The sensitivity or resolution of the CIRQUE® Corporation touchpad is much higher than the 16 by 12 grid of row and column electrodes implies. The resolution is typically on the order of 960 counts per inch, or greater. The exact resolution is determined by the sensitivity of the components, the spacing between the electrodes 42, 44 on the same rows and columns, and other factors that are not material to the present invention. The process above is repeated for the Y or column electrodes 44 using a P, N generator 24.

The touchpad circuitry has some inherent advantages as compared to the touch stick circuitry. Accordingly, it would be an advantage over the state of the art in touch stick circuitry to apply the advantages of the touchpad circuitry and thereby determine the amount of force that is being applied to the touch stick.

BRIEF SUMMARY OF THE INVENTION

It is an object of the present invention to provide a new system and method for measuring a force applied to a strain gauge.

It is another object to apply the new system and method for measuring force to touch sticks that are commonly used in many electronic devices.

In a preferred embodiment, the present invention uses capacitance-sensitive touchpad circuitry for detecting and tracking an object on the surface of a touchpad, and provide as inputs to the touchpad circuitry the voltage divider signals from each axis of a strain gauge used as a touch stick input device, wherein the touchpad circuitry is far less sensitive to noise, and wherein touch stick control circuitry can be eliminated through the use of touchpad circuitry.

These and other objects, features, advantages and alternative aspects of the present invention will become apparent to those skilled in the art from a consideration of the following detailed description taken in combination with the accompanying drawings.

BRIEF DESCRIPTION OF THE SEVERAL VIEWS OF THE DRAWINGS

FIG. 1 is a typical prior art touch stick strain gauge measurement circuit.

FIG. 2 is a block diagram of a touchpad as taught by the prior art.

FIG. 3 is a block diagram of the circuitry of the present invention.

FIG. 4A is a conceptual circuit diagram that is representative of touchpad circuitry when measuring charge transfer from electrodes of a touchpad.

FIG. 4B is a conceptual circuit diagram that is representative of touchpad circuitry when measuring charge transfer from voltage divider circuitry of a touch stick.

FIG. 5 is a detailed circuit diagram of a touch stick circuit that is modified to include an external resistor that is used when making a measurement in the Z axis, and the measurement points for making measurements in the X, Y and Z axes.

DETAILED DESCRIPTION OF THE INVENTION

Reference will now be made to the drawings in which the various elements of the present invention will be given numerical designations and in which the invention will be discussed so as to enable one skilled in the art to make and use the invention. It is to be understood that the following description is only exemplary of the principles of the present invention, and should not be viewed as narrowing the claims which follow.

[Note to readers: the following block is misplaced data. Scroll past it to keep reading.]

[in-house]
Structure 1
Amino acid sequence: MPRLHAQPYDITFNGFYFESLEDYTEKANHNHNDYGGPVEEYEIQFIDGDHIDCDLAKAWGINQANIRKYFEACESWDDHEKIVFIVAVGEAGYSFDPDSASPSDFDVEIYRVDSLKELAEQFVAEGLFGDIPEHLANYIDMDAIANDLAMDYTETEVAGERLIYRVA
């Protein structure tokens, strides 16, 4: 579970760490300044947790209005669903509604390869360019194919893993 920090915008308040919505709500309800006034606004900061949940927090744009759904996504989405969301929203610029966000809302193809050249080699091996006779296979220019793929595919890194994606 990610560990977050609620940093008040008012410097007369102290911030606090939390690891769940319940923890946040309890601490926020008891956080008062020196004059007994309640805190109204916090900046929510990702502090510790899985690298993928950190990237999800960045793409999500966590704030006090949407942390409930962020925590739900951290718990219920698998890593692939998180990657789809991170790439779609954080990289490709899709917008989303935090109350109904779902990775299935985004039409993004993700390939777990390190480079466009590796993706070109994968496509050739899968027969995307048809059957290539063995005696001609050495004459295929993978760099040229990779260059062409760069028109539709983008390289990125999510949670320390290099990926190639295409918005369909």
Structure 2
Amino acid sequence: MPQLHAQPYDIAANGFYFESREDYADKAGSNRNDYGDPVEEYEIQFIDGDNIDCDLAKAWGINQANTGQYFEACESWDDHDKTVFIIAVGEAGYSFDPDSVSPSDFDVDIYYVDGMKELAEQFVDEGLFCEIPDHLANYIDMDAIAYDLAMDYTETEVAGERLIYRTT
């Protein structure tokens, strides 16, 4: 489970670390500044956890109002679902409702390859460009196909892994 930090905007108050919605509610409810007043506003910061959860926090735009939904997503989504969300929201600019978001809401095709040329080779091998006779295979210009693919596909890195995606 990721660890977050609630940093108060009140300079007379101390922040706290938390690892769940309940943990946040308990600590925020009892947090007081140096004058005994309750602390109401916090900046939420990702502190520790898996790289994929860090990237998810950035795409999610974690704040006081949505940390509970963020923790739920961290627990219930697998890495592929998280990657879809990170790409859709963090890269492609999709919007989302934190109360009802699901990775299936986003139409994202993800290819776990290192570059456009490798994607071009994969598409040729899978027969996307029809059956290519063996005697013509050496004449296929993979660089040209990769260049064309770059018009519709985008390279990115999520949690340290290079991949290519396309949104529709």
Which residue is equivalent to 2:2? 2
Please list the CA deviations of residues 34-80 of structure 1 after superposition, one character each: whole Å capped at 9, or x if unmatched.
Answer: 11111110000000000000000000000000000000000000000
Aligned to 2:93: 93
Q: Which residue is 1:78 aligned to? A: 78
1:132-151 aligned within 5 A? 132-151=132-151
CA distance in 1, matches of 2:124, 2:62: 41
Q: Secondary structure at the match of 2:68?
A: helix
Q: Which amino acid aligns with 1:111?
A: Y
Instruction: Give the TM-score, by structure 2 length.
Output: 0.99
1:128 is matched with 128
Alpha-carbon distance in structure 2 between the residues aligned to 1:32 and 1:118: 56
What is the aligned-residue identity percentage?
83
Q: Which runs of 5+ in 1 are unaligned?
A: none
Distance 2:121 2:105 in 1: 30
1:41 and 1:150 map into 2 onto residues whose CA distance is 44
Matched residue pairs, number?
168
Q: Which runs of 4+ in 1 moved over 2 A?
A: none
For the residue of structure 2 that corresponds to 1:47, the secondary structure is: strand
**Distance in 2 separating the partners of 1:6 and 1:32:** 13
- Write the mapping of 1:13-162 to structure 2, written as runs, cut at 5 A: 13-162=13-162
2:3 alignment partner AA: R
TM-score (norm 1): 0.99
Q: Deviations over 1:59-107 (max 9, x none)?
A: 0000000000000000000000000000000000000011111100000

A first embodiment of the present invention is shown in FIG. 3 as a block diagram, wherein a signal 30 from an X-axis voltage divider circuit 32 is sent to a sense line input 38 of a capacitance sensitive touchpad circuit 62, and a signal 34 from a Y-axis voltage divider circuit 36 is sent to the sense line input 38 of the capacitance sensitive touchpad circuit 62. P and N signals 70, 74, 76 and 78 are also taken from the X-axis and Y-axis voltage divider circuits 32 and 36. An output signal 60 from the touchpad circuit 62 is the proportional value of the capacitive coupling between the sense electrodes and the P and N electrodes. A positive value indicates greater coupling between the P electrodes and the sense electrode, and a negative result indicates greater coupling between the N electrodes and the sense electrode.

From the output signal 60, it is possible to determine the amount of force being applied to a strain device, such as a touch stick, in both the X and Y axes. This signal can be used, for example, by a notebook computer to control the position and movement of a cursor on a display screen.

It should be understood that the system-level measurement methods for touch sticks and touchpads are different, but both methods rely on measuring the charge transfer measured by the sense electrode when P and N signals are toggled. Thus beginning with FIG. 4A, this figure is a schematic diagram that describes the nature of the circuit but not the actual circuit that exists when the touchpad circuitry is operating with a touchpad. Thus conceptually, in the touchpad measurement method, the P and N signals are coupled to the sense electrode by variable parasitic capacitors whose capacitive values are modulated by user modulation of the capacitor dielectrics. In other words, the presence of a finger enables the capacitive coupling between the P and N signals and the sense line.

When user modulation of the parasitic capacitors results in greater capacitive coupling between the P signal and the sense electrode, the resulting signal on the sense electrode is more positive. Thus, the finger is nearer to an electrode with a P signal. Likewise, when user modulation of the parasitic capacitors results in greater capacitive coupling between the N signal and the sense electrode, the resulting signal on the sense electrode is more negative.